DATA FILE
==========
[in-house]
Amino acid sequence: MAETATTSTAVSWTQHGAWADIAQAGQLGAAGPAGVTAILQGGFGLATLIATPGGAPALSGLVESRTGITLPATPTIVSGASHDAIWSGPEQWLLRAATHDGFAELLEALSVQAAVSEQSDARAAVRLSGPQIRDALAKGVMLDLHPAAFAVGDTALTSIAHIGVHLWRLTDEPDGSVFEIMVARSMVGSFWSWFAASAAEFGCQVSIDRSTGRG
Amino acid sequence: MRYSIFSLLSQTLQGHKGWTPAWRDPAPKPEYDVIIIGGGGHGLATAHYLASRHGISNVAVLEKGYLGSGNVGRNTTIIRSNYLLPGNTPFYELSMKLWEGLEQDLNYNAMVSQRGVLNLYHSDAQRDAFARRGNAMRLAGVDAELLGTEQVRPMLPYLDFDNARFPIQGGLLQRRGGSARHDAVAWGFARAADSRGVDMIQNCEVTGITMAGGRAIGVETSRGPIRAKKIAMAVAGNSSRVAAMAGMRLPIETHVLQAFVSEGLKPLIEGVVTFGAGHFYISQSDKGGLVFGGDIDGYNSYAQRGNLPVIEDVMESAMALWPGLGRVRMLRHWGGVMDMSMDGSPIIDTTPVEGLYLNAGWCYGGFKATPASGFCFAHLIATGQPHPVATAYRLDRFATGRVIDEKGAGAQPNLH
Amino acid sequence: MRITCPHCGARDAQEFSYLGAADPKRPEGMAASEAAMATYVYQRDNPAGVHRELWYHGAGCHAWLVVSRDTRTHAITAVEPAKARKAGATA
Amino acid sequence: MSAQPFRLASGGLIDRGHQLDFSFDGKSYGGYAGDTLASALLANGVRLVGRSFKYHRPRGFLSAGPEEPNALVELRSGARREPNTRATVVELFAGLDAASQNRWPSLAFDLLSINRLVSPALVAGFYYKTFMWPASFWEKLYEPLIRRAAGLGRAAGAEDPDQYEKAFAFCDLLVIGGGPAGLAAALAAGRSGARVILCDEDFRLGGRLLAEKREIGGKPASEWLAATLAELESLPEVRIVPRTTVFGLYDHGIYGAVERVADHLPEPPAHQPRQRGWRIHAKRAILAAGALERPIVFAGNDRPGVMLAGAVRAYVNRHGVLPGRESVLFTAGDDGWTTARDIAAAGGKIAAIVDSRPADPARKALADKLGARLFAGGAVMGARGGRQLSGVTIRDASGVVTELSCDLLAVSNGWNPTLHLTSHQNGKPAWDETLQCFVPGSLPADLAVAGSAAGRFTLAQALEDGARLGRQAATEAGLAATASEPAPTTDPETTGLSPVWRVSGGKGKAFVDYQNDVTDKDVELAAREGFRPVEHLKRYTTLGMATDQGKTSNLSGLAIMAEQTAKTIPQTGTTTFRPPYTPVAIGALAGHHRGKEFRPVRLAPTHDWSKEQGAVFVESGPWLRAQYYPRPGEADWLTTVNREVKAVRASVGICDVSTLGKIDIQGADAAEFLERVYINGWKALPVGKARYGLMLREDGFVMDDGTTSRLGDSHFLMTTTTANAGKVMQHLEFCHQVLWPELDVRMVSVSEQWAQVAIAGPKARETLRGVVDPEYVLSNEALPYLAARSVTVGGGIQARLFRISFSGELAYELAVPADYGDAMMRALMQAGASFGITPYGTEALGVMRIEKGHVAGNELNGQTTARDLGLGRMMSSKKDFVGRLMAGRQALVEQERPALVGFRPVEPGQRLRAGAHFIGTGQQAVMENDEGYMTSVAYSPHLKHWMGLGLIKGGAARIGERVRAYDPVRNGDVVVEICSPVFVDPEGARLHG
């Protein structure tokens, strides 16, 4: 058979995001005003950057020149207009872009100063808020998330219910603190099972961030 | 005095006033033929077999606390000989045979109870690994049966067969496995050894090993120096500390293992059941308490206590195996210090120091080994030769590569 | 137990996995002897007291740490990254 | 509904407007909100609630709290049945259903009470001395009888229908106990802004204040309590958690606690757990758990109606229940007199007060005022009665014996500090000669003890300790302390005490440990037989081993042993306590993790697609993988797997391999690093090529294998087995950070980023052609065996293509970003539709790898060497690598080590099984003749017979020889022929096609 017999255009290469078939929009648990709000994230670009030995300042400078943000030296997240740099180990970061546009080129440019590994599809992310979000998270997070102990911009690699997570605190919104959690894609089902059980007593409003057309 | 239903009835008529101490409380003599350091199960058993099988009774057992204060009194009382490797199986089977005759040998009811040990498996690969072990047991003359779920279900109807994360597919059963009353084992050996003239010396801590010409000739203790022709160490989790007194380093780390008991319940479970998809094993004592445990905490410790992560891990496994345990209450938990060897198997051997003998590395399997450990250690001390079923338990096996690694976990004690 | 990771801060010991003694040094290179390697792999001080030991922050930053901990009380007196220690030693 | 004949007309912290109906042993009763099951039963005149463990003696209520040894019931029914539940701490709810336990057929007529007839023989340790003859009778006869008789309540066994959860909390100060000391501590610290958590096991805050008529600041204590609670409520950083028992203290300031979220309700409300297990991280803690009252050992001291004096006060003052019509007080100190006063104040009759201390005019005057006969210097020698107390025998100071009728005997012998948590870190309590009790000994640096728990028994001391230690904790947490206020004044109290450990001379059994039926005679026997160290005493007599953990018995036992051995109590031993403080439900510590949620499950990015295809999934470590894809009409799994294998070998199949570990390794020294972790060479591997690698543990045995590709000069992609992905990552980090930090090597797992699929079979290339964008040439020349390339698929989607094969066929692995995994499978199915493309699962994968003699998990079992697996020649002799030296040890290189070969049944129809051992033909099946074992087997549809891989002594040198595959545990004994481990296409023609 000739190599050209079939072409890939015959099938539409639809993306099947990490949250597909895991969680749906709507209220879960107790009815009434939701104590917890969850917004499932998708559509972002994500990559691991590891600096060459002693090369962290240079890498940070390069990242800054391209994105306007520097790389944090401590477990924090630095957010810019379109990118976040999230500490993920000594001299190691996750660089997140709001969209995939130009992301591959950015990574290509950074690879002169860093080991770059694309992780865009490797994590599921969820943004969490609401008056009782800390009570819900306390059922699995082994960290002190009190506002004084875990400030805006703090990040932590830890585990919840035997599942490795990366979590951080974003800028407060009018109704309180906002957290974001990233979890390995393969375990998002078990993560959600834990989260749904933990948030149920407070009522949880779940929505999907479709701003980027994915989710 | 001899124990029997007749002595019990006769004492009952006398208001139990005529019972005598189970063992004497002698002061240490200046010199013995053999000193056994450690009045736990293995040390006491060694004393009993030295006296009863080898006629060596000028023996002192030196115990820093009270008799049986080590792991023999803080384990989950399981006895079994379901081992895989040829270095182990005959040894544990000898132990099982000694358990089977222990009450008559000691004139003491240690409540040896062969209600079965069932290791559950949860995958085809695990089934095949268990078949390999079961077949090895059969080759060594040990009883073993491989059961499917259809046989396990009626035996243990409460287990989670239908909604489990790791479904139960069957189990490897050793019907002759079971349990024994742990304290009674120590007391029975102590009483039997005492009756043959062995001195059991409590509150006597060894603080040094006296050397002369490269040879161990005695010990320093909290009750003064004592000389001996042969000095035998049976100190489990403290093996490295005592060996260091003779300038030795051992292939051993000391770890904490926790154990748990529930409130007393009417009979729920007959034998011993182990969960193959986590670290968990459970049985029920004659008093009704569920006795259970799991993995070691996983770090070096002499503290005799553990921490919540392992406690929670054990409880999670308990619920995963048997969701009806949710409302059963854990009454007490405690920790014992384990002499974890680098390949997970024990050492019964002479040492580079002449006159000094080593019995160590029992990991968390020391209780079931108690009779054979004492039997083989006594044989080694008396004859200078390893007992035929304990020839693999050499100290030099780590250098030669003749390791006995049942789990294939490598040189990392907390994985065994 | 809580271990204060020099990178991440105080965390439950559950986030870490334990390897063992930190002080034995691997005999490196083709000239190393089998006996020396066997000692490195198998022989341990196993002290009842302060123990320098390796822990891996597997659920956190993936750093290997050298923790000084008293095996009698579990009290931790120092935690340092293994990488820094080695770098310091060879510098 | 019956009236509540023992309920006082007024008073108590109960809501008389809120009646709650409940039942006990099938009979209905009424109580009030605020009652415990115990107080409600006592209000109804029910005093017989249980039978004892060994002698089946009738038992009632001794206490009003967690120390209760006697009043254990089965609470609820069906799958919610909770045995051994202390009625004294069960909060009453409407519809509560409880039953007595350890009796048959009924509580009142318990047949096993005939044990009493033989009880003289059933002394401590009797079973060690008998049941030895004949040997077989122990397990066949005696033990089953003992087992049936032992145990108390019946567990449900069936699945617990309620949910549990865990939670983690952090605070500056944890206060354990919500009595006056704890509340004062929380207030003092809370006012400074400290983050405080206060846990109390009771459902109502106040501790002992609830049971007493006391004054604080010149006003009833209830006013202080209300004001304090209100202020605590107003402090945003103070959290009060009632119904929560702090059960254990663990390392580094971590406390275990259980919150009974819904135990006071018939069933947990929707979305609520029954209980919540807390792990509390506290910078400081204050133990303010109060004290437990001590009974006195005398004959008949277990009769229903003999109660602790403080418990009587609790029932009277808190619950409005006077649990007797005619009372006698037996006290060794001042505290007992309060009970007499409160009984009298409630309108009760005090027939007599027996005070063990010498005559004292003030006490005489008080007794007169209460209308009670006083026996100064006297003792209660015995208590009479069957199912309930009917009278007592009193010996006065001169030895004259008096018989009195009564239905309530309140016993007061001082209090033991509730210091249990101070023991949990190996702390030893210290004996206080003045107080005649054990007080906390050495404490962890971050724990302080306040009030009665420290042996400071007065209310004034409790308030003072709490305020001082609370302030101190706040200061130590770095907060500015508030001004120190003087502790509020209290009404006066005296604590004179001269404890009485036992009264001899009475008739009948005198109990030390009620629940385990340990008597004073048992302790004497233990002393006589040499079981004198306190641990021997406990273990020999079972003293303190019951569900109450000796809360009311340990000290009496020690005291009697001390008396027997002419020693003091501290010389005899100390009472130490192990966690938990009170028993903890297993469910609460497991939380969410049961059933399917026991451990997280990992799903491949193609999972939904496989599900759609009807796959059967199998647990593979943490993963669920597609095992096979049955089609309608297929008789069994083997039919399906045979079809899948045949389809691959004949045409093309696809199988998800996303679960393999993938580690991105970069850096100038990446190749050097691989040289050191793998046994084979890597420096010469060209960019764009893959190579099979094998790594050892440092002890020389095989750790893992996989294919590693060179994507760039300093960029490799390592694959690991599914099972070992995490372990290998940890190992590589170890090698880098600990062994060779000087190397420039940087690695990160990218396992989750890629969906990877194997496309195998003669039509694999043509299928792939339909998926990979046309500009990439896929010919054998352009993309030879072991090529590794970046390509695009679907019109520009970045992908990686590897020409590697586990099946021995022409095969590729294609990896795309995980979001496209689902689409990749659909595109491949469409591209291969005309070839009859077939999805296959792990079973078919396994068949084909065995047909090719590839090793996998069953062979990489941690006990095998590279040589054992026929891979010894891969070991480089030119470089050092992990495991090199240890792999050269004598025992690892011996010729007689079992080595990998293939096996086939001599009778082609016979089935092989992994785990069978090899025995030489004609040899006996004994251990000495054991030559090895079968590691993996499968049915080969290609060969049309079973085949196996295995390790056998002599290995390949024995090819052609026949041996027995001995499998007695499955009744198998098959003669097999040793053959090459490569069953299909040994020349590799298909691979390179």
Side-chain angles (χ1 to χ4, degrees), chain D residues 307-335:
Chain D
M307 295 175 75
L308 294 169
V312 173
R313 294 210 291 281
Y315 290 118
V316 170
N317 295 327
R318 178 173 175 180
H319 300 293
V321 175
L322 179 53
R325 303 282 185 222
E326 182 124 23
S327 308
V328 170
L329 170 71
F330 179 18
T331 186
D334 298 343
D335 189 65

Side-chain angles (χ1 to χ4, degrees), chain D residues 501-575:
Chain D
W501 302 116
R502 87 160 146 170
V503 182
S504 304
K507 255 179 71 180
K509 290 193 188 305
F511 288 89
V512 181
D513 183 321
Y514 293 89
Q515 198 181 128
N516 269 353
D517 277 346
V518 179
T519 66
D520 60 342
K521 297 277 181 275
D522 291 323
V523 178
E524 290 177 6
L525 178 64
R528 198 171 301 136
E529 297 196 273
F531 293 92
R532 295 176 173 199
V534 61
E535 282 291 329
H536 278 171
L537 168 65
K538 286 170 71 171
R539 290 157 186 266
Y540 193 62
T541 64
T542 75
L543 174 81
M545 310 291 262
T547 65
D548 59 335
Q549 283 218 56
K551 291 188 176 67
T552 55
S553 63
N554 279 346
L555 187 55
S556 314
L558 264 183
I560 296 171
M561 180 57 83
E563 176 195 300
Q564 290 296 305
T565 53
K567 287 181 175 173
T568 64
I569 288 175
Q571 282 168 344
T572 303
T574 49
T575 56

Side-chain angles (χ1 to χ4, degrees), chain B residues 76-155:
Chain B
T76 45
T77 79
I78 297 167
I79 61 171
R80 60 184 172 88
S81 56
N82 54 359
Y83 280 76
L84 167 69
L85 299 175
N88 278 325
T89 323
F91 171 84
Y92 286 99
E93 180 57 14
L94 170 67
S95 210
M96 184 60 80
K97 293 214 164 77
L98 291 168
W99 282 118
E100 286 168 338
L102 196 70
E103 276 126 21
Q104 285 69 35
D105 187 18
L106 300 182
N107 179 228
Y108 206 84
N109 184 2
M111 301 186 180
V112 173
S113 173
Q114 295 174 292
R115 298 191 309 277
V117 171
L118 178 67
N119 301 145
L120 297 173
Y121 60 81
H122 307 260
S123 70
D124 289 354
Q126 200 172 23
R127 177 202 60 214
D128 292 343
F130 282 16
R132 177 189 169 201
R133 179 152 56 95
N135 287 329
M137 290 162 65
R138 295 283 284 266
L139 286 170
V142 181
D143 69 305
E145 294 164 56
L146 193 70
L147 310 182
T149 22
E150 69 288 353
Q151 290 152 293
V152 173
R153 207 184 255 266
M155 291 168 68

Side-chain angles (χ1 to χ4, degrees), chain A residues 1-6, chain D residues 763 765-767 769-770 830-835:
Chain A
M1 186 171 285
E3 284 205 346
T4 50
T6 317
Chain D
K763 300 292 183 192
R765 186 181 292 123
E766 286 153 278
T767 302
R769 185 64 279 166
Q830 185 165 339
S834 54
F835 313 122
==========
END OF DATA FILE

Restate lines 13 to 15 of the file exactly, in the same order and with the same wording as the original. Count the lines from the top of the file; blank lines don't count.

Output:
Y315 290 118
V316 170
N317 295 327